An accent is “a way of pronouncing a language that is distinctive to a country, area, social class, or individual.” Those that study language and its structure are called linguists. 

The musical Oklahoma! is set in 1906 in farm country of the Oklahoma territory. Oklahomans pattern of speech is categorized by linguists as a South Midland dialect. Their Southern speech patterns can be traced back to early settlers who came from the Southeastern United States to settle in Oklahoma. Many accents in the United States can be traced back to when and by whom an area was settled.

The most notable speech patterns in this specific dialect include:

  • Speech pattern is much slower
  • Vowels tend to be drawn out
  • Vowel breaking – short vowels like cat and dress turn into diphthongs (or even triphthongs). Example: cat becomes ka-yut, dress becomes drey-ess.
  • Monophthong – The diphthong in words like ride and lime tend to be pronounced as a monophthong. Example: rah’d vs. rah-eed
  • Rhotic – voiced  “r” before consonants
  • The vowel in words like thought and long tend to take the “oh” sound. Example: thote and lohng versus thawt and lawng
  • E to I and I to E reversal – Example: pen becomes pin, been becomes bin, tin becomes ten, etc.

Come join us at the theater March 14-17 and 21-24 and be transported to 1900s Oklahoma! We got a beautiful feelin’ that everything’s goin’ your way!

Tickets are selling FAST! Get yours now! Tickets can be purchased at https://abramsspotlightproductions.com/ and please call the box office with any questions (920)826-5852!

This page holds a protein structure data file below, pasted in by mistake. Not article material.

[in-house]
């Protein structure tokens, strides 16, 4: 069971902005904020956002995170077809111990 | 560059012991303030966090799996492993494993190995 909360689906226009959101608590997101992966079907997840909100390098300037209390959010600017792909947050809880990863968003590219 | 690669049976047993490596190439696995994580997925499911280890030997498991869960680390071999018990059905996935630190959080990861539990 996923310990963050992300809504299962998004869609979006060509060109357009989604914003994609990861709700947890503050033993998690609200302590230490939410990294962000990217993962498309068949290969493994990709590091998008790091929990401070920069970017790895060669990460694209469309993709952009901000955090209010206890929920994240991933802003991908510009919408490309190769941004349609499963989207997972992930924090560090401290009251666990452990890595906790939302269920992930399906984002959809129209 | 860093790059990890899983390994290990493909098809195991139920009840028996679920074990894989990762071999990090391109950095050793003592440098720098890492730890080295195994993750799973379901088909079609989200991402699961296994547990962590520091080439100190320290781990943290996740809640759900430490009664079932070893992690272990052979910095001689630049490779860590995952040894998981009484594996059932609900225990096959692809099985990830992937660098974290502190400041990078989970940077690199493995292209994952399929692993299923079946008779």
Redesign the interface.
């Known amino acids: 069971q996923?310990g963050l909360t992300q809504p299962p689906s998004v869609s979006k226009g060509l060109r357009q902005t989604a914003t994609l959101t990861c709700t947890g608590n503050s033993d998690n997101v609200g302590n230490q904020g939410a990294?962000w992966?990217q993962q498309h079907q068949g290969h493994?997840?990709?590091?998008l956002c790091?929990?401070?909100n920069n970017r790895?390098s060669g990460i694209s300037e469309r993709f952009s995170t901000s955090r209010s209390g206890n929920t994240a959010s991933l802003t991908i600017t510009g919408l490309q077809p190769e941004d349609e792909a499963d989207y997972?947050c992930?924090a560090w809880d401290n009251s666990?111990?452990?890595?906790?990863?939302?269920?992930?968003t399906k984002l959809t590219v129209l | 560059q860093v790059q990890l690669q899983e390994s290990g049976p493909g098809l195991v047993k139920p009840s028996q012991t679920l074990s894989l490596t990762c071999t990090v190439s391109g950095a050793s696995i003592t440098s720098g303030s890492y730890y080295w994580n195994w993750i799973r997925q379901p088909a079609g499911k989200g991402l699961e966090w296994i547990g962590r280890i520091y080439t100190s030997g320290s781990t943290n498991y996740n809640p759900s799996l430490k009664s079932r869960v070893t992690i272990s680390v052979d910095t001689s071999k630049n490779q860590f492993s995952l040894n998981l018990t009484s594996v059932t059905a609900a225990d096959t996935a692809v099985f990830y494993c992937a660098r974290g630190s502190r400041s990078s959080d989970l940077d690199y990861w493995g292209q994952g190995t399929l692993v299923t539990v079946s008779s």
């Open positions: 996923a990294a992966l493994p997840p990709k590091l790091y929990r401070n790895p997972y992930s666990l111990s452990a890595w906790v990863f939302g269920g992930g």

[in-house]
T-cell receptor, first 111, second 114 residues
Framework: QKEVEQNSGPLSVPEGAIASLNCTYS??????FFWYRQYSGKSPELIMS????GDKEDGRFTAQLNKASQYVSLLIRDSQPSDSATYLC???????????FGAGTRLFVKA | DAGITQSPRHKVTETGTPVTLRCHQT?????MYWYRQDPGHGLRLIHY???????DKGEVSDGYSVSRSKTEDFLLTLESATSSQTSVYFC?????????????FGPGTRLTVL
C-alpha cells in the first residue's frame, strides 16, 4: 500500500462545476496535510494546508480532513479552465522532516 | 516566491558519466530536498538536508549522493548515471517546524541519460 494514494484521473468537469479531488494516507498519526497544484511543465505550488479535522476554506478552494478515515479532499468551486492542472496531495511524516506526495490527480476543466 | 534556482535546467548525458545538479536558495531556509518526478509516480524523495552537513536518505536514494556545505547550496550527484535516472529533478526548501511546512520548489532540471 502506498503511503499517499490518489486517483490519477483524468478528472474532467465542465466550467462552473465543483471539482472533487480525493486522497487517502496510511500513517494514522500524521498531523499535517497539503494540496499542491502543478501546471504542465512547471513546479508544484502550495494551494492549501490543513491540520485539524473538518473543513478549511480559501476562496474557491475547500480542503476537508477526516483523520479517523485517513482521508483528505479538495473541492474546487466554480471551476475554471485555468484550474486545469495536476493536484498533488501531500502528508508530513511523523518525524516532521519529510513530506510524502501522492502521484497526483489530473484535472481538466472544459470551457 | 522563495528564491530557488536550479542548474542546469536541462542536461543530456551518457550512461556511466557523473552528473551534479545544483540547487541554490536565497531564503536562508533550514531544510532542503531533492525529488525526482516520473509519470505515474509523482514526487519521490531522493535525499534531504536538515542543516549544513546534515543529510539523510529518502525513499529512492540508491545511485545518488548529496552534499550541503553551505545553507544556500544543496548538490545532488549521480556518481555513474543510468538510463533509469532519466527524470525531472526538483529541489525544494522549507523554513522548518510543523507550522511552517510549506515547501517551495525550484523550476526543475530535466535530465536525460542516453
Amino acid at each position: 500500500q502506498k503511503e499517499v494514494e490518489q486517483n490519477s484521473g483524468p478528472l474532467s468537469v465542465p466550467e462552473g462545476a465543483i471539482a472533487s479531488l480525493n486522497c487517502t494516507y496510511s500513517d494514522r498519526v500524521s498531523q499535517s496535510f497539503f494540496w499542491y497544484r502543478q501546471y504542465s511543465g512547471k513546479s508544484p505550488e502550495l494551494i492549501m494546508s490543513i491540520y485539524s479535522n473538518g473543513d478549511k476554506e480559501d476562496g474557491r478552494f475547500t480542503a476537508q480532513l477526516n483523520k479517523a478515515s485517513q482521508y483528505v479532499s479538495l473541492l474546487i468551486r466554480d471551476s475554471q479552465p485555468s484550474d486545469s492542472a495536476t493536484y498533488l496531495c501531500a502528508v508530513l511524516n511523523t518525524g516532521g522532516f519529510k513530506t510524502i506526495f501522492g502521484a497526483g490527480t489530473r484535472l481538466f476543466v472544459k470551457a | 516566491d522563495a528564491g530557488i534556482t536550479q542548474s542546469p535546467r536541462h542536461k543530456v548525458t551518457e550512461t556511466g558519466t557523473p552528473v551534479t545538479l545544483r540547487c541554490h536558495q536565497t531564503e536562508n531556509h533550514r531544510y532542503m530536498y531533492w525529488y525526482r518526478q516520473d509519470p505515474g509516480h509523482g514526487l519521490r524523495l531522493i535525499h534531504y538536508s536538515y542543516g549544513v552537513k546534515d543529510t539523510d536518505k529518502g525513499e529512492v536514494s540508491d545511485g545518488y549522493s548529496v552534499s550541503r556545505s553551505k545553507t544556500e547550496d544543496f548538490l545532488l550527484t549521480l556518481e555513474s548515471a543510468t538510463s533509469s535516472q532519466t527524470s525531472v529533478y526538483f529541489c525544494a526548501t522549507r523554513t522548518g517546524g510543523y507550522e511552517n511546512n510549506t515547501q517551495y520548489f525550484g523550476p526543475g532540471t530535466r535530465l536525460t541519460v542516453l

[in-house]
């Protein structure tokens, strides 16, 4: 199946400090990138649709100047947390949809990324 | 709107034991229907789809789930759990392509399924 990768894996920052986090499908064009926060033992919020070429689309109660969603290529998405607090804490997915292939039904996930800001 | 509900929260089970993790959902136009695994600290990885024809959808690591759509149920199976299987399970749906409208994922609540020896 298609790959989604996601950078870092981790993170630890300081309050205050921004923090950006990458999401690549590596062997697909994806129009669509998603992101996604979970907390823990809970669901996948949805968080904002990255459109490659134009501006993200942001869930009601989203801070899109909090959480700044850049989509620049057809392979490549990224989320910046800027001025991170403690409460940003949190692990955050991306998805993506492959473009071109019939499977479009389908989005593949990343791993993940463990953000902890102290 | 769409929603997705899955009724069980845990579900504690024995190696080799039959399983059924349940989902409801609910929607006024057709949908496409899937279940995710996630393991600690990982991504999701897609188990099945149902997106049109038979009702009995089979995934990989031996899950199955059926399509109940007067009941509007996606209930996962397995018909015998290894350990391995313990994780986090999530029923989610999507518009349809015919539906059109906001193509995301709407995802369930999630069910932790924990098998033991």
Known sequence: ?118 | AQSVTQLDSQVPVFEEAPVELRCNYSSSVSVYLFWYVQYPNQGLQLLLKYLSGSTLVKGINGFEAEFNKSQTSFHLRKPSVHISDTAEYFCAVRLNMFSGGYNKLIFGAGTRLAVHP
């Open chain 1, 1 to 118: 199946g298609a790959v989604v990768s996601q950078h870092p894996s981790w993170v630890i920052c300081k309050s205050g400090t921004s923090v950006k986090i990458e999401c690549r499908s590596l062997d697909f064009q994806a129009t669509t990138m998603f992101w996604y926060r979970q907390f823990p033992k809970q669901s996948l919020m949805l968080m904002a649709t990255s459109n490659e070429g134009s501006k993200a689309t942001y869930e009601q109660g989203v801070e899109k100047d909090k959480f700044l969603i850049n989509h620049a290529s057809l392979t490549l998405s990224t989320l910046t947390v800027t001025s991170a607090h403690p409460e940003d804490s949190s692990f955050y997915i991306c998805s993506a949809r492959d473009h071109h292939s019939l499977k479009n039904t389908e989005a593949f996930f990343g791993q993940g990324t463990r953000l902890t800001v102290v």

Title: Yeeow-a-yip-i-o-ee ay! Oklahoma, okay!

 I got a beautiful feelin’, Everything’s goin’ my way

  • From the enduring classic, Oklahoma!

While considered by many to be the most influential work in American musical theater, many may not know that the musical is based on a 1931 play, Green Grow the Lilacs. The play itself was not a success, but the concept seemed like it would make for a good musical plot.

Enter Rodgers and Hammerstein! While now an iconic pair, Oklahoma! was the first musical written together by composer Richard Rodgers and lyricist Oscar Hammerstein. Both Rodgers and Hammerstein had their preferred writing processes. Rodgers preferred to set completed lyrics to music, and Hammerstein preferred to write lyrics before they were set to music. A match made in heaven!

This writing partnership allowed Hammerstein to create lyrics that strengthened the musical’s plot and evoked emotion. In the past, lyrics, music, and dance numbers did not necessarily work in harmony. Instead of furthering the plot, the intention was purely to amuse audiences. 

Because of Rodgers and Hammerstein, we now have the “book musical”, “a musical play in which the songs and dances are fully integrated into a well-made story, with serious dramatic goals, that is able to evoke genuine emotions other than amusement.” A concept first recognized in Hammerstein’s earlier work, Show Boat